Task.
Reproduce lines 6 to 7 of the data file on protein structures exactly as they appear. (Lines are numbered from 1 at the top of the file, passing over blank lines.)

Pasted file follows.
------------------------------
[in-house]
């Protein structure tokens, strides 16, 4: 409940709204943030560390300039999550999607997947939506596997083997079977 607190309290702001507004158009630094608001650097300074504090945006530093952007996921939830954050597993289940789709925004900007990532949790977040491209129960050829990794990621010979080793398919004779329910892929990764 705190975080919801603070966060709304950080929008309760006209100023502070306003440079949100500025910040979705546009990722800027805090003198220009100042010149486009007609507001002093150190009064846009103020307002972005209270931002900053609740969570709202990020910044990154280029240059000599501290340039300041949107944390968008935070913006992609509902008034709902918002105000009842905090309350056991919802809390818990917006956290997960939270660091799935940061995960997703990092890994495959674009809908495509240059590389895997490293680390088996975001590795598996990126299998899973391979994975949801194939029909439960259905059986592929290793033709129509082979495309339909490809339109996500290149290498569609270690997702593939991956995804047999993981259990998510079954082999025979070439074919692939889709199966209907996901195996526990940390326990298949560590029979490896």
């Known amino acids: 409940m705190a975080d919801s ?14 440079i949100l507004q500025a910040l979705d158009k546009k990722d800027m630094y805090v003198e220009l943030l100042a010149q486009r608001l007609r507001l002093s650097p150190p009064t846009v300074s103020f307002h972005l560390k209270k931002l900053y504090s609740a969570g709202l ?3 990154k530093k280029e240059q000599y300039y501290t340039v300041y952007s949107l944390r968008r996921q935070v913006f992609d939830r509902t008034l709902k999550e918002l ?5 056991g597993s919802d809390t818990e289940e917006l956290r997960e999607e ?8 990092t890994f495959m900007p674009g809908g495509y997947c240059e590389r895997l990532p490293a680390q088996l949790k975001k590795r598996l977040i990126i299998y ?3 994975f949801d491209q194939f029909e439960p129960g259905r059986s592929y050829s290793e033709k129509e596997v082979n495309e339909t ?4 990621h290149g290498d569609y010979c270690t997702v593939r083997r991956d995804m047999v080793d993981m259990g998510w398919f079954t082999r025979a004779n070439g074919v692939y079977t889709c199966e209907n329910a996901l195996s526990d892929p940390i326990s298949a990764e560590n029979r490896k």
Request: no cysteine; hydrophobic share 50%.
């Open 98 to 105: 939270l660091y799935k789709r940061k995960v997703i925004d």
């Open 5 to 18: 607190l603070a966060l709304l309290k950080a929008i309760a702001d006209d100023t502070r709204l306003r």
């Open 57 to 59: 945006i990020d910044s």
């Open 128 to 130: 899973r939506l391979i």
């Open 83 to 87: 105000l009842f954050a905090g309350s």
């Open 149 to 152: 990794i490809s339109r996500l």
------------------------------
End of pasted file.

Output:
């Open 5 to 18: 607190l603070a966060l709304l309290k950080a929008i309760a702001d006209d100023t502070r709204l306003r």
């Open 57 to 59: 945006i990020d910044s």